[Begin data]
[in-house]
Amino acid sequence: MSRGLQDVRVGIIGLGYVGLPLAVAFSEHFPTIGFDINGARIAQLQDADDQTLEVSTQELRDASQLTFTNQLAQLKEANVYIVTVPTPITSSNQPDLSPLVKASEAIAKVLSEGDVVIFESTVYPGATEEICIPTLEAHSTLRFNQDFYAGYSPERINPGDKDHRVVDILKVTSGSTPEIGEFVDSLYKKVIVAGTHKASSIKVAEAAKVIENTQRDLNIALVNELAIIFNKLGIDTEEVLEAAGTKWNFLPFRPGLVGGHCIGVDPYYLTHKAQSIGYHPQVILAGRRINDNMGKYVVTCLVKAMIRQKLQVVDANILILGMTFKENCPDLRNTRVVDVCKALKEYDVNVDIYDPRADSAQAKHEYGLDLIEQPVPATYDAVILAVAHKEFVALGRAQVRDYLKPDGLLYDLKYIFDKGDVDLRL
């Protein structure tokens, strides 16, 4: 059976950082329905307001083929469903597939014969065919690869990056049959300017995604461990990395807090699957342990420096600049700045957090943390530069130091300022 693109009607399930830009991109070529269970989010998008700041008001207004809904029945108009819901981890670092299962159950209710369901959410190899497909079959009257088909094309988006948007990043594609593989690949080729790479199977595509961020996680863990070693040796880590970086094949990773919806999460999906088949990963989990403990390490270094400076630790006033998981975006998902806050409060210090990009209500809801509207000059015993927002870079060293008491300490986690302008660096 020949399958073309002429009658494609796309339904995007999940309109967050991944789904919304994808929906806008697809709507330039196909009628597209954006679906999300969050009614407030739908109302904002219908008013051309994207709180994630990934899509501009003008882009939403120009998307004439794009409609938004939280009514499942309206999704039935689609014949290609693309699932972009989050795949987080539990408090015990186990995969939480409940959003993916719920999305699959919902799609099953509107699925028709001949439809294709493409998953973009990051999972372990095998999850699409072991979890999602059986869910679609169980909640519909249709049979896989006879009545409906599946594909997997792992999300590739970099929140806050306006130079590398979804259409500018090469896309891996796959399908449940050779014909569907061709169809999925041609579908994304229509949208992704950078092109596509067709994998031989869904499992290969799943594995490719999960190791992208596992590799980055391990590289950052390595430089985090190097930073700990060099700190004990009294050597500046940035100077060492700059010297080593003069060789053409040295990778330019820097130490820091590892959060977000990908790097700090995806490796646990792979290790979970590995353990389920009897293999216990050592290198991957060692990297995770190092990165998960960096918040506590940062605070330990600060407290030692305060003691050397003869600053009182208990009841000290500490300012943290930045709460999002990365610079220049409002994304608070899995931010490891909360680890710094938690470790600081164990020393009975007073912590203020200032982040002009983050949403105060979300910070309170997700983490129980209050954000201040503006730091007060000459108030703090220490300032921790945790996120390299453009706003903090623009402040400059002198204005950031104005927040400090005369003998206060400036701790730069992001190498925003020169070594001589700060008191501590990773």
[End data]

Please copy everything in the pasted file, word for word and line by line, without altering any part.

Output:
[in-house]
Amino acid sequence: MSRGLQDVRVGIIGLGYVGLPLAVAFSEHFPTIGFDINGARIAQLQDADDQTLEVSTQELRDASQLTFTNQLAQLKEANVYIVTVPTPITSSNQPDLSPLVKASEAIAKVLSEGDVVIFESTVYPGATEEICIPTLEAHSTLRFNQDFYAGYSPERINPGDKDHRVVDILKVTSGSTPEIGEFVDSLYKKVIVAGTHKASSIKVAEAAKVIENTQRDLNIALVNELAIIFNKLGIDTEEVLEAAGTKWNFLPFRPGLVGGHCIGVDPYYLTHKAQSIGYHPQVILAGRRINDNMGKYVVTCLVKAMIRQKLQVVDANILILGMTFKENCPDLRNTRVVDVCKALKEYDVNVDIYDPRADSAQAKHEYGLDLIEQPVPATYDAVILAVAHKEFVALGRAQVRDYLKPDGLLYDLKYIFDKGDVDLRL
């Protein structure tokens, strides 16, 4: 059976950082329905307001083929469903597939014969065919690869990056049959300017995604461990990395807090699957342990420096600049700045957090943390530069130091300022 693109009607399930830009991109070529269970989010998008700041008001207004809904029945108009819901981890670092299962159950209710369901959410190899497909079959009257088909094309988006948007990043594609593989690949080729790479199977595509961020996680863990070693040796880590970086094949990773919806999460999906088949990963989990403990390490270094400076630790006033998981975006998902806050409060210090990009209500809801509207000059015993927002870079060293008491300490986690302008660096 020949399958073309002429009658494609796309339904995007999940309109967050991944789904919304994808929906806008697809709507330039196909009628597209954006679906999300969050009614407030739908109302904002219908008013051309994207709180994630990934899509501009003008882009939403120009998307004439794009409609938004939280009514499942309206999704039935689609014949290609693309699932972009989050795949987080539990408090015990186990995969939480409940959003993916719920999305699959919902799609099953509107699925028709001949439809294709493409998953973009990051999972372990095998999850699409072991979890999602059986869910679609169980909640519909249709049979896989006879009545409906599946594909997997792992999300590739970099929140806050306006130079590398979804259409500018090469896309891996796959399908449940050779014909569907061709169809999925041609579908994304229509949208992704950078092109596509067709994998031989869904499992290969799943594995490719999960190791992208596992590799980055391990590289950052390595430089985090190097930073700990060099700190004990009294050597500046940035100077060492700059010297080593003069060789053409040295990778330019820097130490820091590892959060977000990908790097700090995806490796646990792979290790979970590995353990389920009897293999216990050592290198991957060692990297995770190092990165998960960096918040506590940062605070330990600060407290030692305060003691050397003869600053009182208990009841000290500490300012943290930045709460999002990365610079220049409002994304608070899995931010490891909360680890710094938690470790600081164990020393009975007073912590203020200032982040002009983050949403105060979300910070309170997700983490129980209050954000201040503006730091007060000459108030703090220490300032921790945790996120390299453009706003903090623009402040400059002198204005950031104005927040400090005369003998206060400036701790730069992001190498925003020169070594001589700060008191501590990773």